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Nielsen calls for Australia to get tough

Tim Nielsen wants Australia to emerge from their first-final loss with an aggressive mind-set during the key moments of their must-win encounter at the Gabba on Tuesday. Nielsen was disappointed his team stumbled a couple of times when it had control at the SCG, where India won by six wickets, and asked the players to sharpen their outlook after two sloppy defeats in three days.

"It's probably the mental side of the game that's let us down in the last couple of games," Nielsen said. "We had a couple of situations [at the SCG] when we felt we were on top and then gave our wickets away, which then put us back under pressure. For us to have some success in this series we have to make sure we take the game by the throat when we have the opportunity and don't give up that momentum."

The 100-run partnership between Matthew Hayden and Andrew Symonds threatened to revive Australia after they were 3 for 24 in Sydney, but both batsmen departed to outfield catches in quick succession and they were in more severe discomfort at 5 for 135. The home side also sensed a chance shortly before the halfway stage of the India innings and was unable to maintain the bowling or fielding intensity required to prevent India from cruising to victory.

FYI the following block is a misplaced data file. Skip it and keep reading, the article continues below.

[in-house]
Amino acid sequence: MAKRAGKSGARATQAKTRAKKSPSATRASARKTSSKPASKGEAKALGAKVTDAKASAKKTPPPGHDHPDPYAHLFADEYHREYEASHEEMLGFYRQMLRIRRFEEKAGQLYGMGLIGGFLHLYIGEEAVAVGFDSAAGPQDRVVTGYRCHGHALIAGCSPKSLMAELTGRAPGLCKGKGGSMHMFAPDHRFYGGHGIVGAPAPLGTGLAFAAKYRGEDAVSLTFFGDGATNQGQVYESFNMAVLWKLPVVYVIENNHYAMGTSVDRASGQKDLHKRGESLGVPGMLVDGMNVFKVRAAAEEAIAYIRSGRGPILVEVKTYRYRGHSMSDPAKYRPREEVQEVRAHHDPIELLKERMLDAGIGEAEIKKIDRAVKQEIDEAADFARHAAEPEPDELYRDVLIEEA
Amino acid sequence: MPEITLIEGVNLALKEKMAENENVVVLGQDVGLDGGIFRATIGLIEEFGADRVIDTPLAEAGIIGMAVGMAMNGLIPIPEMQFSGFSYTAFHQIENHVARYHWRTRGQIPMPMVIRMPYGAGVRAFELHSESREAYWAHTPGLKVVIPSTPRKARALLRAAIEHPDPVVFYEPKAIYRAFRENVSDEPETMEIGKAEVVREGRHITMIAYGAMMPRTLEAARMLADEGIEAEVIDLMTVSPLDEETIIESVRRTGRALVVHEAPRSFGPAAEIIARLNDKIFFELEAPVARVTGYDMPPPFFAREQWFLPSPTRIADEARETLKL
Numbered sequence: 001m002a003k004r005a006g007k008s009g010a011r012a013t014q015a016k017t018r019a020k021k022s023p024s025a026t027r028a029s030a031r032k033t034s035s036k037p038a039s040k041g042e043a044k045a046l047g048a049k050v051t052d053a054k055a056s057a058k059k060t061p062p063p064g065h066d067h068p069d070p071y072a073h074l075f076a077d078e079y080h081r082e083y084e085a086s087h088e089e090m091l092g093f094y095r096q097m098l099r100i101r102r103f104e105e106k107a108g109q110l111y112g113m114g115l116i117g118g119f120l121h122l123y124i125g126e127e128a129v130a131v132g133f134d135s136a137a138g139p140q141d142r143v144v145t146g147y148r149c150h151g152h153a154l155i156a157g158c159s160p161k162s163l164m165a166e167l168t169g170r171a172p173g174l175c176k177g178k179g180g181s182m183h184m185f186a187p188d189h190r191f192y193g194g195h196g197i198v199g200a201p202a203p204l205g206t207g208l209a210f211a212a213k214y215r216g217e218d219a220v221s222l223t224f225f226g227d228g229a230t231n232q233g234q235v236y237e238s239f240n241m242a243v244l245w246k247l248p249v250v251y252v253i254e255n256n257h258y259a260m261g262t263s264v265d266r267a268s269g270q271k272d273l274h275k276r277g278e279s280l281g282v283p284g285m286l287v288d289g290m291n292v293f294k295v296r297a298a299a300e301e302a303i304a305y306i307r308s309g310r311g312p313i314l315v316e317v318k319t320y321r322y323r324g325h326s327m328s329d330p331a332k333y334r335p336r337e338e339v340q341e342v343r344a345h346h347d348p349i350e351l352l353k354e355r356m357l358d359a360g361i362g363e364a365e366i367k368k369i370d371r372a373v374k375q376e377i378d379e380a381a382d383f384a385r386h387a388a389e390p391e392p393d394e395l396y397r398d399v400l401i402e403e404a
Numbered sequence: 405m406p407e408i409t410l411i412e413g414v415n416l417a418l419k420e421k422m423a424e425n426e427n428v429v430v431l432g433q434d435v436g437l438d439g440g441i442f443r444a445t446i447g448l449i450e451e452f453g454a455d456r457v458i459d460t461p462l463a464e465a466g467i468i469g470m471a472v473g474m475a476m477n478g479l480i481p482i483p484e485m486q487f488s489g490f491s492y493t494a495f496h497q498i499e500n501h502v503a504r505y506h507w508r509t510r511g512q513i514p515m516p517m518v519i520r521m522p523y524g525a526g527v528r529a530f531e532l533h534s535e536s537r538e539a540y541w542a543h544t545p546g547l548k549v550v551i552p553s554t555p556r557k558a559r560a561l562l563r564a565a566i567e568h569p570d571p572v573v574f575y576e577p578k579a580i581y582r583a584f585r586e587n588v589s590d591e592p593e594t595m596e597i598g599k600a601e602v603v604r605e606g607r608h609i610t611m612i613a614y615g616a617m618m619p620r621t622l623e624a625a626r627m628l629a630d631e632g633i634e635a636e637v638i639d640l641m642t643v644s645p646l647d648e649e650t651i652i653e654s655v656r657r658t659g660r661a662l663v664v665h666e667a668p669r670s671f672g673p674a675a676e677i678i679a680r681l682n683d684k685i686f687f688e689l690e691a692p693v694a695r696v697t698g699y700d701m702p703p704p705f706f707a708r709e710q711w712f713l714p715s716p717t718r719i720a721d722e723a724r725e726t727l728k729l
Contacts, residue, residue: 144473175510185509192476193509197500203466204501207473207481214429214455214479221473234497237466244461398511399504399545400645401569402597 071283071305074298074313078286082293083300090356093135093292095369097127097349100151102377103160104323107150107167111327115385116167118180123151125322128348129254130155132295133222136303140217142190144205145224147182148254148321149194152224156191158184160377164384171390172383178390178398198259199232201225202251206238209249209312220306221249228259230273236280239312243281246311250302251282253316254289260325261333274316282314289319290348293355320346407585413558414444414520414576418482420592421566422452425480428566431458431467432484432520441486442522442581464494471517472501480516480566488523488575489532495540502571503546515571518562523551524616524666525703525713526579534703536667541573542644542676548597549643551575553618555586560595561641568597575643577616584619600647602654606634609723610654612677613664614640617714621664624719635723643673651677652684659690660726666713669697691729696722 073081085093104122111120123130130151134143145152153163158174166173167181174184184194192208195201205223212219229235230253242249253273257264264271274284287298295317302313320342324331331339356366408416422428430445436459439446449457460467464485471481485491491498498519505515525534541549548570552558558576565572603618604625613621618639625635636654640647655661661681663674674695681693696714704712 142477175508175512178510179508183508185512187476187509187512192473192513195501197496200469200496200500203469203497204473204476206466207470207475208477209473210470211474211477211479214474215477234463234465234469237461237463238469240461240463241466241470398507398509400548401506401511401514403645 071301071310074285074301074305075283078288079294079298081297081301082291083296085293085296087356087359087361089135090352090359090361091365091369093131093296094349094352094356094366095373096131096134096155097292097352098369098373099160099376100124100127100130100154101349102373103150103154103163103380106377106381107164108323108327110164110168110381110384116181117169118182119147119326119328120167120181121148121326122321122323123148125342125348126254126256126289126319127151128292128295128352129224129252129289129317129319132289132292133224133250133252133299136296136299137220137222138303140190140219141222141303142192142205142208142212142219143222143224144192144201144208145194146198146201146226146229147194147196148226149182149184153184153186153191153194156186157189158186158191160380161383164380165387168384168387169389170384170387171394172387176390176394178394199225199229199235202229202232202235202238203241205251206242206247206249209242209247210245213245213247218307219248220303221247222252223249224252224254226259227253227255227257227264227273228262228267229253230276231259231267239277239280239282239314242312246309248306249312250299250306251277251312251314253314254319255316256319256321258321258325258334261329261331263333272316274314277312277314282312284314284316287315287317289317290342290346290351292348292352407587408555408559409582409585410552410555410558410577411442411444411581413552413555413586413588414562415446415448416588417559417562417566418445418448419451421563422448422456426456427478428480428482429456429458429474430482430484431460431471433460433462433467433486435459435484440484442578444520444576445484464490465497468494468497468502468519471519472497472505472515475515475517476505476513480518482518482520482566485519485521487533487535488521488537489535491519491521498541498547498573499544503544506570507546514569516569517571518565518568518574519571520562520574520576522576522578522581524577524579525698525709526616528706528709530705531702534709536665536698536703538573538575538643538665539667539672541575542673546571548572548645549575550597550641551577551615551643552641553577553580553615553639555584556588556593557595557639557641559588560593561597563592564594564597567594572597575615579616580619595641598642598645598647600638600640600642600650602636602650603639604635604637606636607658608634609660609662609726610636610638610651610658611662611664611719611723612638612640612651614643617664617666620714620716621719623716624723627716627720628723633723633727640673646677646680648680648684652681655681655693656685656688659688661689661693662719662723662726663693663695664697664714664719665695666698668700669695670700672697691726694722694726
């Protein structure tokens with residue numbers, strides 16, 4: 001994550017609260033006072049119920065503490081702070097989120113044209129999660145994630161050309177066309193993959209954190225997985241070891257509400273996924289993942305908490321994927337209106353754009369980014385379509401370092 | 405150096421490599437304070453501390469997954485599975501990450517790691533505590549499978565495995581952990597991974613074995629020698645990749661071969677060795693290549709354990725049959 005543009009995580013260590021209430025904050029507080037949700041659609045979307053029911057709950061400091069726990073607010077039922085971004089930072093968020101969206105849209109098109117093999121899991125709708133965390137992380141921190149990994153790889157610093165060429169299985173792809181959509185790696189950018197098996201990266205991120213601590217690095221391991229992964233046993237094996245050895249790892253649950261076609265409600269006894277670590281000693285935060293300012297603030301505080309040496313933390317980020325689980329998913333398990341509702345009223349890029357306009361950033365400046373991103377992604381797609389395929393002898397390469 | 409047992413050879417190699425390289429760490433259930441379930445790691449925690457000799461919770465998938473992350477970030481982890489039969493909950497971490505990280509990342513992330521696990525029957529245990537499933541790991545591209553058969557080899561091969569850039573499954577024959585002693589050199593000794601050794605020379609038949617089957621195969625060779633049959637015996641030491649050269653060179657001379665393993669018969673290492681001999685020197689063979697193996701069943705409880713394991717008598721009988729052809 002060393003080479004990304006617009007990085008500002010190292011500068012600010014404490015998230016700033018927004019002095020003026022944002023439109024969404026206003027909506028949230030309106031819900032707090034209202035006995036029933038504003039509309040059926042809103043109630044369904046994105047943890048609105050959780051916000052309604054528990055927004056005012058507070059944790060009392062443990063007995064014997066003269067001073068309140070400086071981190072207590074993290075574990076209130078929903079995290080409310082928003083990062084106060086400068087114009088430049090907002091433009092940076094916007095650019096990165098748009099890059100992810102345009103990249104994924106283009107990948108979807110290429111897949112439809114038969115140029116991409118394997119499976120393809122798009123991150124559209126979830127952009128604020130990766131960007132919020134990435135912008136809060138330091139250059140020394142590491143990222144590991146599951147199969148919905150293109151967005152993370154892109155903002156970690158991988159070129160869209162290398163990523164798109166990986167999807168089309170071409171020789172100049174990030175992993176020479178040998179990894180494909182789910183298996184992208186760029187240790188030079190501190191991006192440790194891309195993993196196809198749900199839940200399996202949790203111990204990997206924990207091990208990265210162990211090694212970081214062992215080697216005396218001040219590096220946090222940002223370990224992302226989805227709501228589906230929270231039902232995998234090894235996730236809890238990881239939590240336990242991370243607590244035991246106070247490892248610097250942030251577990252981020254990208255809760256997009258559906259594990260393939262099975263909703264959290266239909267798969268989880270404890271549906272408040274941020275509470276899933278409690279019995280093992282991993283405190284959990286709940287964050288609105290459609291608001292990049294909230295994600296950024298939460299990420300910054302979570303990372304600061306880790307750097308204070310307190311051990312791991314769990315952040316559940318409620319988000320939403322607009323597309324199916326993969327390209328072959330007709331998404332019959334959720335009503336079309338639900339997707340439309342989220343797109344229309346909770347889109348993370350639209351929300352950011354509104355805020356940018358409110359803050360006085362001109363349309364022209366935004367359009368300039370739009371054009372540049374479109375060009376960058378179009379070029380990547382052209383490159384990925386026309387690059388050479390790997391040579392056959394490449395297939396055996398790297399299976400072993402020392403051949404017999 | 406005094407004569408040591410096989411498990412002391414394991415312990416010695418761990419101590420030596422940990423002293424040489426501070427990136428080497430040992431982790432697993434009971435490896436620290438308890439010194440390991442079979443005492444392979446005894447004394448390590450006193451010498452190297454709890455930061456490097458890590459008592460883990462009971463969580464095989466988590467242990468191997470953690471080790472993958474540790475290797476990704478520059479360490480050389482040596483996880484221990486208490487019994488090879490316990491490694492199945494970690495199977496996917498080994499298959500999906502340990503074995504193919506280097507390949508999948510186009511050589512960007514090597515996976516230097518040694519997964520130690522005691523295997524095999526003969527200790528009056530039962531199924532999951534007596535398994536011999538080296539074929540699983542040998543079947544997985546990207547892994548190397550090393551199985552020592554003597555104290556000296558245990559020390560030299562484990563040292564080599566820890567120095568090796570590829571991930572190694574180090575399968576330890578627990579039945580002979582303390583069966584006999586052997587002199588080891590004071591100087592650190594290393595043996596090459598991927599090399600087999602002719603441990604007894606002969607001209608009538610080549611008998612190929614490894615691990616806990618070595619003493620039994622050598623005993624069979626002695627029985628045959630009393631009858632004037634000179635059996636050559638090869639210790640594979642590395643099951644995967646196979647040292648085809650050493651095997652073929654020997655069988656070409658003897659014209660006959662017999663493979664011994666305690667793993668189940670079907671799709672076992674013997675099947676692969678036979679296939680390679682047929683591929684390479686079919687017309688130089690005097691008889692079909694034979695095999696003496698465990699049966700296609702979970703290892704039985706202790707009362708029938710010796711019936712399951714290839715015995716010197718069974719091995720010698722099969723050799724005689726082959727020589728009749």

Team meetings were held in the dressing room after Sunday's game and in Brisbane on Monday as they contemplated how to fight back. "The biggest challenge for all of us is not to get too carried away with one loss," Nielsen said. "We certainly had a chat last night and Ricky put it pretty clearly what he expected from the group, not just about playing cricket but the way we present ourselves and the way we go about our things. We want to make sure we're competing for 100 overs of the game."

Australia's players feel comfortable at the Gabba and are excited to be playing on a pitch with bounce and carry, especially when compared with the lower and slower surfaces around the country. The team will accept any advantage knowing that it has to win the second match to extend the series to a third final in Adelaide on Friday.

"It is a tough challenge, it's not the ideal situation to be in, to be 1-0 down," Nielsen said. "India played better than us and we didn't play to our potential, so our challenge now is to have a quick turnaround and get ready to go and put our best foot forward."